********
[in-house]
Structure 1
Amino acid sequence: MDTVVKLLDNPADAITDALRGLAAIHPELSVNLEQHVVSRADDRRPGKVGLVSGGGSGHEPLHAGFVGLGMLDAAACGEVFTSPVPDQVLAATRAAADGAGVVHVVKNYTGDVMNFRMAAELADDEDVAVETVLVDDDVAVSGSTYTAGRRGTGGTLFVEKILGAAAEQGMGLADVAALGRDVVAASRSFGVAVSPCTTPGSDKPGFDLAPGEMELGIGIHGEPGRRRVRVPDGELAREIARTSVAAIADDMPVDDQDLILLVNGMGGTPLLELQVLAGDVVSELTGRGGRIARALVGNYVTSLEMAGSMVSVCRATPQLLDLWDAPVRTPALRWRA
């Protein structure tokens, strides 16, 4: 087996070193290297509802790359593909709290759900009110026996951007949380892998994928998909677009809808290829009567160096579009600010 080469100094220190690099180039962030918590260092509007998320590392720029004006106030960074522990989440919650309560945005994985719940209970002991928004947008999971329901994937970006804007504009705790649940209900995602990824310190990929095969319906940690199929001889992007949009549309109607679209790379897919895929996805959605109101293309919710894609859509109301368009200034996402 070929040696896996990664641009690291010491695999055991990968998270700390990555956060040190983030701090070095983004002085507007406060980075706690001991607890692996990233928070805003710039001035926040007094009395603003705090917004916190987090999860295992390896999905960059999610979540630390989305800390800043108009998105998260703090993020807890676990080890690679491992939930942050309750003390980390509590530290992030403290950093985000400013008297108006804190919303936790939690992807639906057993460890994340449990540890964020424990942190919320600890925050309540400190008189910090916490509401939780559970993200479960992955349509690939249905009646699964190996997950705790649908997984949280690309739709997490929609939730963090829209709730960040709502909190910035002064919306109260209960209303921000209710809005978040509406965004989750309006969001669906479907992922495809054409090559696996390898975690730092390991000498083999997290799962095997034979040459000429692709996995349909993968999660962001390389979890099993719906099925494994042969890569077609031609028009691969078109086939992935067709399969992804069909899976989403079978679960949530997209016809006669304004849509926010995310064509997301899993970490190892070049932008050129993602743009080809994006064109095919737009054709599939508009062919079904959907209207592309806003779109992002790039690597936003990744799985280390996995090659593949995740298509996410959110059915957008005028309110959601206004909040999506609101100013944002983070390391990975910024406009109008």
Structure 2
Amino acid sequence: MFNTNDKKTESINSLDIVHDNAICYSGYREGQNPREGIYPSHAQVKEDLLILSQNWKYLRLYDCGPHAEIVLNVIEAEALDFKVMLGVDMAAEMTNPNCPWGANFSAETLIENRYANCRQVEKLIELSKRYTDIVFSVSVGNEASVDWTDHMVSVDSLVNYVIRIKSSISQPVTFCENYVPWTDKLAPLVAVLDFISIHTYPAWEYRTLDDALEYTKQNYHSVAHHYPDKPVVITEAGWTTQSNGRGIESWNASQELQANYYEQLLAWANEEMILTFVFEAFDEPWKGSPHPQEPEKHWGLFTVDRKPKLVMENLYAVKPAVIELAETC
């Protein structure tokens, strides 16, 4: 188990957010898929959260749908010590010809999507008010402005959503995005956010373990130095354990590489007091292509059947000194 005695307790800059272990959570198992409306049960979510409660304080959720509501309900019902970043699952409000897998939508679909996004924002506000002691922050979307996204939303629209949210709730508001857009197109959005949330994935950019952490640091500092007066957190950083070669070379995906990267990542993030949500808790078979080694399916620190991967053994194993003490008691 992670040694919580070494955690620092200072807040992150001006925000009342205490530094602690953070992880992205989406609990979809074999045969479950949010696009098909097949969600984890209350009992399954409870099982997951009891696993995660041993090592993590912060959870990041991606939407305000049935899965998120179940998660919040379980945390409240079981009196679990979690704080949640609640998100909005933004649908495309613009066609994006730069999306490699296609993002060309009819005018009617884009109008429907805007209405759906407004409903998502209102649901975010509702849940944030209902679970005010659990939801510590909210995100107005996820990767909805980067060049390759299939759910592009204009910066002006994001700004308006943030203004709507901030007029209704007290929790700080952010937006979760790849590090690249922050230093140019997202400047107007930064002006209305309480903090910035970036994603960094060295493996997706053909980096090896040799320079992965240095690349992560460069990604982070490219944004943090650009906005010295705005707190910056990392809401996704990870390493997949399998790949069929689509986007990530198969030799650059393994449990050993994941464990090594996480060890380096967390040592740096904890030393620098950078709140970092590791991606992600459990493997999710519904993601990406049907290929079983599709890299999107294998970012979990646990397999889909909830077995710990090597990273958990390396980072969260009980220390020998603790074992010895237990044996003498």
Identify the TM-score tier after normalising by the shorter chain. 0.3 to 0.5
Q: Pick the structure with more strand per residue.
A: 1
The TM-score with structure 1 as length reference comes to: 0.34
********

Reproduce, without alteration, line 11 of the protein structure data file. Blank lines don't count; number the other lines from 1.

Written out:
The TM-score with structure 1 as length reference comes to: 0.34